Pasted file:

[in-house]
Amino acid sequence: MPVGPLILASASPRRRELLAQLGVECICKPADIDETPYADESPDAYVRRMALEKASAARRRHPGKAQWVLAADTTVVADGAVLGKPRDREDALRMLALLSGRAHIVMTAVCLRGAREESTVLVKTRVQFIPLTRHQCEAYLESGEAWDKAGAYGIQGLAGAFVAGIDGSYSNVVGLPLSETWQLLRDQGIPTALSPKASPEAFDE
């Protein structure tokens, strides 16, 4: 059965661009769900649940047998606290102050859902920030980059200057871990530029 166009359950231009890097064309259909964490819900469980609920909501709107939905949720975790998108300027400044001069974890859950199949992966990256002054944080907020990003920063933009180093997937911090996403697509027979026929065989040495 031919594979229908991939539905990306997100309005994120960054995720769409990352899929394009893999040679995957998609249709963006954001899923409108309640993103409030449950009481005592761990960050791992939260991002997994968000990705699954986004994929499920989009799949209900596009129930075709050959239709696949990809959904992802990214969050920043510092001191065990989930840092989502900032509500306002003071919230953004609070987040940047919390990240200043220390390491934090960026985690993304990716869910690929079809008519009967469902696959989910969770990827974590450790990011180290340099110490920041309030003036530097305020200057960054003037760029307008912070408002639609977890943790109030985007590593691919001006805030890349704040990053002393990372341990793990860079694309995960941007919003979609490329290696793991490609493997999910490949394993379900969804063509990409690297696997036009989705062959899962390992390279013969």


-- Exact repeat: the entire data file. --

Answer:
[in-house]
Amino acid sequence: MPVGPLILASASPRRRELLAQLGVECICKPADIDETPYADESPDAYVRRMALEKASAARRRHPGKAQWVLAADTTVVADGAVLGKPRDREDALRMLALLSGRAHIVMTAVCLRGAREESTVLVKTRVQFIPLTRHQCEAYLESGEAWDKAGAYGIQGLAGAFVAGIDGSYSNVVGLPLSETWQLLRDQGIPTALSPKASPEAFDE
């Protein structure tokens, strides 16, 4: 059965661009769900649940047998606290102050859902920030980059200057871990530029 166009359950231009890097064309259909964490819900469980609920909501709107939905949720975790998108300027400044001069974890859950199949992966990256002054944080907020990003920063933009180093997937911090996403697509027979026929065989040495 031919594979229908991939539905990306997100309005994120960054995720769409990352899929394009893999040679995957998609249709963006954001899923409108309640993103409030449950009481005592761990960050791992939260991002997994968000990705699954986004994929499920989009799949209900596009129930075709050959239709696949990809959904992802990214969050920043510092001191065990989930840092989502900032509500306002003071919230953004609070987040940047919390990240200043220390390491934090960026985690993304990716869910690929079809008519009967469902696959989910969770990827974590450790990011180290340099110490920041309030003036530097305020200057960054003037760029307008912070408002639609977890943790109030985007590593691919001006805030890349704040990053002393990372341990793990860079694309995960941007919003979609490329290696793991490609493997999910490949394993379900969804063509990409690297696997036009989705062959899962390992390279013969």